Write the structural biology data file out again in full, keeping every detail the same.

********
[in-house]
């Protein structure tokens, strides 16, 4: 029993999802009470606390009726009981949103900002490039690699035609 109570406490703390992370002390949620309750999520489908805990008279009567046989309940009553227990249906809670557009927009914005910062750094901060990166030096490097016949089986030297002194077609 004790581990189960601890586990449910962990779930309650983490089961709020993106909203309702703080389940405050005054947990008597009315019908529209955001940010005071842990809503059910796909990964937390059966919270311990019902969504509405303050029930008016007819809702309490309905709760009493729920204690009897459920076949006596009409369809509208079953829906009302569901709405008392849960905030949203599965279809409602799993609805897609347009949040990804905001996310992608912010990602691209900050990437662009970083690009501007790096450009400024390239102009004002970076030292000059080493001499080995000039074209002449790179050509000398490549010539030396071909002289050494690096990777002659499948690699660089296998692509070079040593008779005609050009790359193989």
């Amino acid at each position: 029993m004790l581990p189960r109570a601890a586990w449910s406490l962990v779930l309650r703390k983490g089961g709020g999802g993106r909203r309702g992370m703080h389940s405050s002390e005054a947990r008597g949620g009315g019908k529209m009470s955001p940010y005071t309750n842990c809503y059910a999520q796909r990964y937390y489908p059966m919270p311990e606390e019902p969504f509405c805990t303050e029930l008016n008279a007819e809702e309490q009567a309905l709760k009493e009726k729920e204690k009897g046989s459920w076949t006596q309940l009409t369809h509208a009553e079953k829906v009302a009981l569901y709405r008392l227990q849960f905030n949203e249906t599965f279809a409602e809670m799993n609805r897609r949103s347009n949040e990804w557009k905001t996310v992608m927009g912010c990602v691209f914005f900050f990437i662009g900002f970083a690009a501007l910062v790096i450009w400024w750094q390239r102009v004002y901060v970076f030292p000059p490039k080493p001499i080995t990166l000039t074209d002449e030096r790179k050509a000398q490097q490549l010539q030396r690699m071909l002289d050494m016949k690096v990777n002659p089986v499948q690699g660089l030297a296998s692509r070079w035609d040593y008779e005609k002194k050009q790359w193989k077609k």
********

[in-house]
């Protein structure tokens, strides 16, 4: 029993999802009470606390009726009981949103900002490039690699035609 109570406490703390992370002390949620309750999520489908805990008279009567046989309940009553227990249906809670557009927009914005910062750094901060990166030096490097016949089986030297002194077609 004790581990189960601890586990449910962990779930309650983490089961709020993106909203309702703080389940405050005054947990008597009315019908529209955001940010005071842990809503059910796909990964937390059966919270311990019902969504509405303050029930008016007819809702309490309905709760009493729920204690009897459920076949006596009409369809509208079953829906009302569901709405008392849960905030949203599965279809409602799993609805897609347009949040990804905001996310992608912010990602691209900050990437662009970083690009501007790096450009400024390239102009004002970076030292000059080493001499080995000039074209002449790179050509000398490549010539030396071909002289050494690096990777002659499948690699660089296998692509070079040593008779005609050009790359193989």
């Amino acid at each position: 029993m004790l581990p189960r109570a601890a586990w449910s406490l962990v779930l309650r703390k983490g089961g709020g999802g993106r909203r309702g992370m703080h389940s405050s002390e005054a947990r008597g949620g009315g019908k529209m009470s955001p940010y005071t309750n842990c809503y059910a999520q796909r990964y937390y489908p059966m919270p311990e606390e019902p969504f509405c805990t303050e029930l008016n008279a007819e809702e309490q009567a309905l709760k009493e009726k729920e204690k009897g046989s459920w076949t006596q309940l009409t369809h509208a009553e079953k829906v009302a009981l569901y709405r008392l227990q849960f905030n949203e249906t599965f279809a409602e809670m799993n609805r897609r949103s347009n949040e990804w557009k905001t996310v992608m927009g912010c990602v691209f914005f900050f990437i662009g900002f970083a690009a501007l910062v790096i450009w400024w750094q390239r102009v004002y901060v970076f030292p000059p490039k080493p001499i080995t990166l000039t074209d002449e030096r790179k050509a000398q490097q490549l010539q030396r690699m071909l002289d050494m016949k690096v990777n002659p089986v499948q690699g660089l030297a296998s692509r070079w035609d040593y008779e005609k002194k050009q790359w193989k077609k």